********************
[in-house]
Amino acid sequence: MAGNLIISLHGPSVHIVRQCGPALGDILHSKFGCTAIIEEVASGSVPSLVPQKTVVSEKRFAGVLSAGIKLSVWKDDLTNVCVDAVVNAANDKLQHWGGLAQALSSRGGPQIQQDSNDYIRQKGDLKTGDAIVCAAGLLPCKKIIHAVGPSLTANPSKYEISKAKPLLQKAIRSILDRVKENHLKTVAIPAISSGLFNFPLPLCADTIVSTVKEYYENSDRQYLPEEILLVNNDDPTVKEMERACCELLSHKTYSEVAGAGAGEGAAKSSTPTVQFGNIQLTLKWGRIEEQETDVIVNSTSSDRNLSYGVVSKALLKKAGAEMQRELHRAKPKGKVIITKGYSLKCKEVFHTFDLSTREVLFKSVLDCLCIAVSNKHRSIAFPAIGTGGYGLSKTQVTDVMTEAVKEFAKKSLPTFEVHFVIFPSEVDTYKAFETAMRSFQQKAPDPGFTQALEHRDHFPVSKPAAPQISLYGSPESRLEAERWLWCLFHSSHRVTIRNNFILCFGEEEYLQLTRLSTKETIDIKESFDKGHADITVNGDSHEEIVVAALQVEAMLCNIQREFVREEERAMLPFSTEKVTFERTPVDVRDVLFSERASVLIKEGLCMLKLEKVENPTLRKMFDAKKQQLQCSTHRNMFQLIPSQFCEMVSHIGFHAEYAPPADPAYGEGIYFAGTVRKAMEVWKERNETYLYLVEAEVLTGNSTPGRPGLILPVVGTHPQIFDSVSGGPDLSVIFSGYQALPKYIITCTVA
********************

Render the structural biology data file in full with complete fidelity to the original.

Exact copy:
[in-house]
Amino acid sequence: MAGNLIISLHGPSVHIVRQCGPALGDILHSKFGCTAIIEEVASGSVPSLVPQKTVVSEKRFAGVLSAGIKLSVWKDDLTNVCVDAVVNAANDKLQHWGGLAQALSSRGGPQIQQDSNDYIRQKGDLKTGDAIVCAAGLLPCKKIIHAVGPSLTANPSKYEISKAKPLLQKAIRSILDRVKENHLKTVAIPAISSGLFNFPLPLCADTIVSTVKEYYENSDRQYLPEEILLVNNDDPTVKEMERACCELLSHKTYSEVAGAGAGEGAAKSSTPTVQFGNIQLTLKWGRIEEQETDVIVNSTSSDRNLSYGVVSKALLKKAGAEMQRELHRAKPKGKVIITKGYSLKCKEVFHTFDLSTREVLFKSVLDCLCIAVSNKHRSIAFPAIGTGGYGLSKTQVTDVMTEAVKEFAKKSLPTFEVHFVIFPSEVDTYKAFETAMRSFQQKAPDPGFTQALEHRDHFPVSKPAAPQISLYGSPESRLEAERWLWCLFHSSHRVTIRNNFILCFGEEEYLQLTRLSTKETIDIKESFDKGHADITVNGDSHEEIVVAALQVEAMLCNIQREFVREEERAMLPFSTEKVTFERTPVDVRDVLFSERASVLIKEGLCMLKLEKVENPTLRKMFDAKKQQLQCSTHRNMFQLIPSQFCEMVSHIGFHAEYAPPADPAYGEGIYFAGTVRKAMEVWKERNETYLYLVEAEVLTGNSTPGRPGLILPVVGTHPQIFDSVSGGPDLSVIFSGYQALPKYIITCTVA